Last June, Adobe announced that it would begin beta testing a Mac version of its Audition digital audio workstation software late this year. I've used Audition on Windows since the late 1990s, when it was called Cool Edit Pro and was published by a company called Syntrillium. Audition became a favored audio editing tool for radio broadcasters and podcasters, but Adobe hasn't updated the software since 2007. I wondered why Adobe was bothering to release a Mac version of an application that had been bypassed by Avid's Pro Tools, Apple's Logic, and many other DAWs.
A few weeks ago, Adobe released the first beta version of Audition for the Mac, and even in beta, it's an excellent piece of software. It follows the user interface design of Audition 3.0 for Windows fairly closely, but takes advantage of OSX's multitouch capabilities. Many of the effects have been improved--for example, the noise reduction processor is both easier to use and much more effective than its Windows predecessor.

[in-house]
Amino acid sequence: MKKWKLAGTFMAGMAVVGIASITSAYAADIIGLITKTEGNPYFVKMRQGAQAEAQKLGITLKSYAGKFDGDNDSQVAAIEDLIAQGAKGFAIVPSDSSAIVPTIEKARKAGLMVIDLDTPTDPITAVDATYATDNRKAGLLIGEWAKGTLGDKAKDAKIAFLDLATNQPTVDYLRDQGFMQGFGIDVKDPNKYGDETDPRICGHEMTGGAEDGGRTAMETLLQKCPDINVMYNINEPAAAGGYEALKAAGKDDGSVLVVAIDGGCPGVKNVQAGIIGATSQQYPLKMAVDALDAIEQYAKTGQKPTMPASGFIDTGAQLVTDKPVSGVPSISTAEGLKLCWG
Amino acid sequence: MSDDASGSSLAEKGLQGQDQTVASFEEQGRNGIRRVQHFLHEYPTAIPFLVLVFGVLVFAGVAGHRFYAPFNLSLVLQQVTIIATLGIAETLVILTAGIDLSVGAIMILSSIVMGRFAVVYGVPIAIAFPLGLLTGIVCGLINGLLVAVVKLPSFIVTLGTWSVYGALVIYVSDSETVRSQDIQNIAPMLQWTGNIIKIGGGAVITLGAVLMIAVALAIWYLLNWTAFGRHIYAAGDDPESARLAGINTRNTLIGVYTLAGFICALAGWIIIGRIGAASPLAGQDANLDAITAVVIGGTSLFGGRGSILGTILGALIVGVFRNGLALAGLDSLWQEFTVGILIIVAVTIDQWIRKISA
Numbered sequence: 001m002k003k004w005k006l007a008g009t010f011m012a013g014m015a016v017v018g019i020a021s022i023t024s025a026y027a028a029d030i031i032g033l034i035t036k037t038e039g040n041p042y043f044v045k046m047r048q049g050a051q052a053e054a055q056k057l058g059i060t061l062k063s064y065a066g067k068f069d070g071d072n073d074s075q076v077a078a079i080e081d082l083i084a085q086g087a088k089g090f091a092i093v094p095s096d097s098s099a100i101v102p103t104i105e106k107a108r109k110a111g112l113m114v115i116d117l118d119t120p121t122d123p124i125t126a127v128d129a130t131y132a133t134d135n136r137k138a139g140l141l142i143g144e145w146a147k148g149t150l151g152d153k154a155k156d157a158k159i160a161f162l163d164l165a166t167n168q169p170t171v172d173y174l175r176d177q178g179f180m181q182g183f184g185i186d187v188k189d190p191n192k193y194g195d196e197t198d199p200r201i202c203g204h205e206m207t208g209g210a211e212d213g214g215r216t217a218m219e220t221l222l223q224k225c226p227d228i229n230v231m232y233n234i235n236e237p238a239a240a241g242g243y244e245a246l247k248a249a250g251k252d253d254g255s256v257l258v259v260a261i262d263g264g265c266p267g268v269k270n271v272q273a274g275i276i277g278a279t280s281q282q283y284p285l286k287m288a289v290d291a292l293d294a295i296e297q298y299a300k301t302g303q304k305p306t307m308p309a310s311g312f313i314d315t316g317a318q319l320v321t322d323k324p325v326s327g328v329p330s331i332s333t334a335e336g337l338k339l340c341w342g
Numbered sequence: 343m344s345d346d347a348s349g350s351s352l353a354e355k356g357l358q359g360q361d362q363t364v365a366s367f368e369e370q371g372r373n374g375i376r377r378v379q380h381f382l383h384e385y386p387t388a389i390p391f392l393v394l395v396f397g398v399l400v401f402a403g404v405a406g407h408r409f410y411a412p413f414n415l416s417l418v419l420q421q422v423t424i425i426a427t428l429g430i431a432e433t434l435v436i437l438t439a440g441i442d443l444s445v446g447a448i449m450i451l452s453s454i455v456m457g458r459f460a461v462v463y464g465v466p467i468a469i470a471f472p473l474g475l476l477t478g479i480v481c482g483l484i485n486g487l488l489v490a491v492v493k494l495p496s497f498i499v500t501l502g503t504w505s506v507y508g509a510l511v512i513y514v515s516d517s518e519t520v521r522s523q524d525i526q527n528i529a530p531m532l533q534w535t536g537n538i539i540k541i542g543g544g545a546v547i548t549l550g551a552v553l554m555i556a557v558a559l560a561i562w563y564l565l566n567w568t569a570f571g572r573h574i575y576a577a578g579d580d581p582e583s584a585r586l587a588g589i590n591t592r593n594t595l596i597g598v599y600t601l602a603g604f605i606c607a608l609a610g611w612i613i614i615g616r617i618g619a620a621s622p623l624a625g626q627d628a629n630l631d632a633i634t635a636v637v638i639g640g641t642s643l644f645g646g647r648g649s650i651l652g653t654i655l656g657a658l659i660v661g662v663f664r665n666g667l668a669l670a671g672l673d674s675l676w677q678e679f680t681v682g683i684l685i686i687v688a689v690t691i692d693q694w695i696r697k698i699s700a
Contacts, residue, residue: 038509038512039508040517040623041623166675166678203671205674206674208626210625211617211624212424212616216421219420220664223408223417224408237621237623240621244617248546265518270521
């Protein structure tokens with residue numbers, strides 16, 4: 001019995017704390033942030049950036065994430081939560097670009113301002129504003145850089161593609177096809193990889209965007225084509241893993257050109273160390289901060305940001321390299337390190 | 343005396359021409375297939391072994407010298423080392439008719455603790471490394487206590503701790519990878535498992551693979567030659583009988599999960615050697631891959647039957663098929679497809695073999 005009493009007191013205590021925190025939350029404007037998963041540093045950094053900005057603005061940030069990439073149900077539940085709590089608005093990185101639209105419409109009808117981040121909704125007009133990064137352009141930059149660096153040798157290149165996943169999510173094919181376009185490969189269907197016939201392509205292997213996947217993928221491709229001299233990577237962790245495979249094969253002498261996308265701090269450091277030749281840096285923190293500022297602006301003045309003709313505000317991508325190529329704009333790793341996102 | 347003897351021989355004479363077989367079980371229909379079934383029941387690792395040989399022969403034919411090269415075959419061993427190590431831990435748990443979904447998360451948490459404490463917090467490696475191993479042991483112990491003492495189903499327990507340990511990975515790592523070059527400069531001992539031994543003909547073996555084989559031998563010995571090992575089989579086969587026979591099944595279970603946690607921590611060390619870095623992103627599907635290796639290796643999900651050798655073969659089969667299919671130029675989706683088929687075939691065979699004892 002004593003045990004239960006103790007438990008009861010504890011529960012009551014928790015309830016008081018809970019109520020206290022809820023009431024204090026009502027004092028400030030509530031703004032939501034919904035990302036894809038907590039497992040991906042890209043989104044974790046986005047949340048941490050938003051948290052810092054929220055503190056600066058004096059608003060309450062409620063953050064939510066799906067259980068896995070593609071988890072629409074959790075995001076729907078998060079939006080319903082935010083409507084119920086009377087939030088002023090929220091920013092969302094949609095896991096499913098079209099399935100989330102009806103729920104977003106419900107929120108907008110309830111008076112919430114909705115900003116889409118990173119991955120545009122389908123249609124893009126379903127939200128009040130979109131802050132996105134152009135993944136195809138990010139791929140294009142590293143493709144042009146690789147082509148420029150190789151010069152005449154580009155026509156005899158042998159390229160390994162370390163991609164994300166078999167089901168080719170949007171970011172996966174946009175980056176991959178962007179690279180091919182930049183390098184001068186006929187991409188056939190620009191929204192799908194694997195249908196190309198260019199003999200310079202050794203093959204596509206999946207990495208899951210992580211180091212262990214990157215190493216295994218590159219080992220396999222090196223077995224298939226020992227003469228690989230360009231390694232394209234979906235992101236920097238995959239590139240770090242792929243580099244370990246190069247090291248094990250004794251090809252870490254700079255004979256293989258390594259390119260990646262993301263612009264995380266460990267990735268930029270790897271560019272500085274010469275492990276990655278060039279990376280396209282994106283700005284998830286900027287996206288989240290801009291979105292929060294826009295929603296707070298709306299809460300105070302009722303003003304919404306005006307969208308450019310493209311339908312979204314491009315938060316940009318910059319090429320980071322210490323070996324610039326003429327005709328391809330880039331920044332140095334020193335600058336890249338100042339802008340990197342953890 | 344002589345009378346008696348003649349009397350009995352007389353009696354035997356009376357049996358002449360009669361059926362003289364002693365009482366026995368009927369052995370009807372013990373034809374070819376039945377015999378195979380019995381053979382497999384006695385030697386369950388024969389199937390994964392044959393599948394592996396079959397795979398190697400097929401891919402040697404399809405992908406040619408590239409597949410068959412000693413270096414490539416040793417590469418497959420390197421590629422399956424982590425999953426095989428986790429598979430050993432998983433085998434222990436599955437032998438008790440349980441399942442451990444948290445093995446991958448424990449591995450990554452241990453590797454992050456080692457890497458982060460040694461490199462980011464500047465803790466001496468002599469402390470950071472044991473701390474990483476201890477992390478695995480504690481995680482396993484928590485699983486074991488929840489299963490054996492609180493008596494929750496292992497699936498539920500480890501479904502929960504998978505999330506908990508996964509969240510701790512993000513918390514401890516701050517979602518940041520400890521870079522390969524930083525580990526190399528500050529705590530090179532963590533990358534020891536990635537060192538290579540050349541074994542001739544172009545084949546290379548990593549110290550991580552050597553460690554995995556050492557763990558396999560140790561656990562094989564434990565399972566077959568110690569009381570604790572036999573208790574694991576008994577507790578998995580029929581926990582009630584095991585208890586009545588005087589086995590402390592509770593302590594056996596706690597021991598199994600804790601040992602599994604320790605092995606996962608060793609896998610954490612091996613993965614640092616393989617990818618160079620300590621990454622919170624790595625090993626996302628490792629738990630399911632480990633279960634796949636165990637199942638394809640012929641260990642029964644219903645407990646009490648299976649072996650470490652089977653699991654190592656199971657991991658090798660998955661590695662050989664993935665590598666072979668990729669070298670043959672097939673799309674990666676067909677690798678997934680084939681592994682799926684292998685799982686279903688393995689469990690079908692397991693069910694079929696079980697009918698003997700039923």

So, I take back the snarky remarks I made about Adobe porting obsolete software to the Mac. However, it doesn't change the fact that the Windows version is still three years old, hasn't had even a minor point update since early 2008, and desperately needs an upgrade.